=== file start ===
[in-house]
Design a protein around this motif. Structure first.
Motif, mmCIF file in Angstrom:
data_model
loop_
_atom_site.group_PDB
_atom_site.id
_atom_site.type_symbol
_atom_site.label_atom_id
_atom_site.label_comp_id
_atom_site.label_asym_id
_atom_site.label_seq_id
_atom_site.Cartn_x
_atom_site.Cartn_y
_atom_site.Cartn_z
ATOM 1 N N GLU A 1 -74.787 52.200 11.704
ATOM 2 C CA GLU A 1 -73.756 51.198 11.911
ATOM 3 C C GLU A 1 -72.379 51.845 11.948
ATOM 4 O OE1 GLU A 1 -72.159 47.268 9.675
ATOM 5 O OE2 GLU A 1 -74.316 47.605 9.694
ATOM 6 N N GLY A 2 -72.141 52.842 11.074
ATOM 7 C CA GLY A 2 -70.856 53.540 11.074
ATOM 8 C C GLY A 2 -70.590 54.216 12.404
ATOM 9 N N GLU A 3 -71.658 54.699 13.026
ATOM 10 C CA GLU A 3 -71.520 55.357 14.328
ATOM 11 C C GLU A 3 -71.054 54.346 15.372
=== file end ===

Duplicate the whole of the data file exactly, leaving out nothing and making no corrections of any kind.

[in-house]
Design a protein around this motif. Structure first.
Motif, mmCIF file in Angstrom:
data_model
loop_
_atom_site.group_PDB
_atom_site.id
_atom_site.type_symbol
_atom_site.label_atom_id
_atom_site.label_comp_id
_atom_site.label_asym_id
_atom_site.label_seq_id
_atom_site.Cartn_x
_atom_site.Cartn_y
_atom_site.Cartn_z
ATOM 1 N N GLU A 1 -74.787 52.200 11.704
ATOM 2 C CA GLU A 1 -73.756 51.198 11.911
ATOM 3 C C GLU A 1 -72.379 51.845 11.948
ATOM 4 O OE1 GLU A 1 -72.159 47.268 9.675
ATOM 5 O OE2 GLU A 1 -74.316 47.605 9.694
ATOM 6 N N GLY A 2 -72.141 52.842 11.074
ATOM 7 C CA GLY A 2 -70.856 53.540 11.074
ATOM 8 C C GLY A 2 -70.590 54.216 12.404
ATOM 9 N N GLU A 3 -71.658 54.699 13.026
ATOM 10 C CA GLU A 3 -71.520 55.357 14.328
ATOM 11 C C GLU A 3 -71.054 54.346 15.372